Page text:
Here are a few receptors that have been noted to have a correlation with opioid use disorders.

DRD2

The DRD2 gene codes for the D2 dopamine receptor which is a part of the dopaminergic (rewarding) pathway in the brain.14 A polymorphism in the DRD2 gene has been linked to drug abuse and addiction. This means people who have two or more of these polymorphisms are much more likely to become addicted to heroin.

OPRM1

This receptor is responsible for producing the protein that is essential for creating all feelings of euphoria. This gene is associated with creating physical dependence, and therefore individuals with certain variants of this gene have an increased risk for experiencing opioid withdrawal symptoms. A recent in-depth study has shown that a specific gene that affects this receptor is linked to opioid dependence.15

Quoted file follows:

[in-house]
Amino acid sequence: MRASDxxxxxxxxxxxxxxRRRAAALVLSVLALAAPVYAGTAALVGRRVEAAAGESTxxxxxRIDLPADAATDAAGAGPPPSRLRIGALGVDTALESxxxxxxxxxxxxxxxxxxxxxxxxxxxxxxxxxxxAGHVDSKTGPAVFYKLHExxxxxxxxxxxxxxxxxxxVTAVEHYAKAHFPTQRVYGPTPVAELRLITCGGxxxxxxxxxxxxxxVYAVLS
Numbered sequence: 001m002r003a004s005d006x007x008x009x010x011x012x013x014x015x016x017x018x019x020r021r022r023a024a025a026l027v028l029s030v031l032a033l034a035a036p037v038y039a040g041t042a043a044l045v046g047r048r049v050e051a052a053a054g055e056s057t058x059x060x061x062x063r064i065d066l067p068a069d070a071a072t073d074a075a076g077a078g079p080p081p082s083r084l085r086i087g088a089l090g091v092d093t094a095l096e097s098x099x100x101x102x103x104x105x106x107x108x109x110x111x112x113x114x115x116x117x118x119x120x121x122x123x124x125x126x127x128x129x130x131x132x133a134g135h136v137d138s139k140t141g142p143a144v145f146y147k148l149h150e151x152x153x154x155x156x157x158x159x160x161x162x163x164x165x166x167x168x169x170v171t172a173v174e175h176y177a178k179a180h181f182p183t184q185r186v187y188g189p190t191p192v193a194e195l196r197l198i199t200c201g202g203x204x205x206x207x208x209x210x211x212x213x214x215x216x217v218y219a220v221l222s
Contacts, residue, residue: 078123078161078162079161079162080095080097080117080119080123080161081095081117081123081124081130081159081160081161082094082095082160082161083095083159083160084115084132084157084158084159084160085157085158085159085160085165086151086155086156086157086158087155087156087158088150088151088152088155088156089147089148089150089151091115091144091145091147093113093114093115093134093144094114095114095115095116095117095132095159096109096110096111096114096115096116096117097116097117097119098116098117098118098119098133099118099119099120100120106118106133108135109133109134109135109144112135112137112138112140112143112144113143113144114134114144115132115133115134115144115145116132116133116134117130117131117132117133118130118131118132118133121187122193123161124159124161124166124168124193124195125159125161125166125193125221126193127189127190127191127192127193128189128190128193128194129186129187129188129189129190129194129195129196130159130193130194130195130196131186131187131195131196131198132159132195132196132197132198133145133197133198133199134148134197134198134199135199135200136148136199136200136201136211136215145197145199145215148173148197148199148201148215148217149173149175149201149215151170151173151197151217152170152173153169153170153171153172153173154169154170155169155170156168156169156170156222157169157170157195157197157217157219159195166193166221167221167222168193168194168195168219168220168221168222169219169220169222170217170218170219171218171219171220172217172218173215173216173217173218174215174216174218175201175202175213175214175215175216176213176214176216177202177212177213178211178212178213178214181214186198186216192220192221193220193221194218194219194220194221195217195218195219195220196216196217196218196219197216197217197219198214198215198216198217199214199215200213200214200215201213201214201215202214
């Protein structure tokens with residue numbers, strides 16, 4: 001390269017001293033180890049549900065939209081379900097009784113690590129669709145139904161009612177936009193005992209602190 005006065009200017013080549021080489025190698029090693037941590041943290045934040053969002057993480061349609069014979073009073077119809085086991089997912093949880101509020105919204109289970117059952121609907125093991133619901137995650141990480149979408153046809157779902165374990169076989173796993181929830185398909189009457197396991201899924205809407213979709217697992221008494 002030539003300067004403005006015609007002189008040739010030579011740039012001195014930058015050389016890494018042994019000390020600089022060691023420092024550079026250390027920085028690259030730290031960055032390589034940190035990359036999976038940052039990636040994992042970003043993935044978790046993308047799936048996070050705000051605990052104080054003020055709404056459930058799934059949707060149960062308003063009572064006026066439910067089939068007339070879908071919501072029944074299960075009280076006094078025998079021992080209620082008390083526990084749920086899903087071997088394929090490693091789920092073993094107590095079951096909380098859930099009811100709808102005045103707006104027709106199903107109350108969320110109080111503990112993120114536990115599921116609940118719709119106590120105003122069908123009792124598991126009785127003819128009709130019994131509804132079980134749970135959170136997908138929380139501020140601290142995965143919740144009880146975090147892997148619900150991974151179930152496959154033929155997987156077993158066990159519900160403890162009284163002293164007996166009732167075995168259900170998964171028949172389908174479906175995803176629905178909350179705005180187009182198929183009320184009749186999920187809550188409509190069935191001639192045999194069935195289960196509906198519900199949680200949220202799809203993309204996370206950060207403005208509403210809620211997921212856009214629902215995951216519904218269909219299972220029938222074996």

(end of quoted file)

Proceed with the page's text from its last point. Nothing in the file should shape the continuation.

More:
OPRD1

OPRD1 is a gene that codes for a protein that is found on the surface of cells in the brain, spinal cord, and gastrointestinal tract. It plays a part in the body’s response to pain and stress. Several studies have linked the association between variations in this gene and opioid addiction.16

Studies have compared the allele and genotype frequencies of people with heroin or alcohol dependence to those of a control group. However, none of the comparisons was statistically significant. This lack of evidence for a genetic contribution to addiction is not surprising given the highly polygenic nature of complex behaviors such as drug addiction.

OPRK1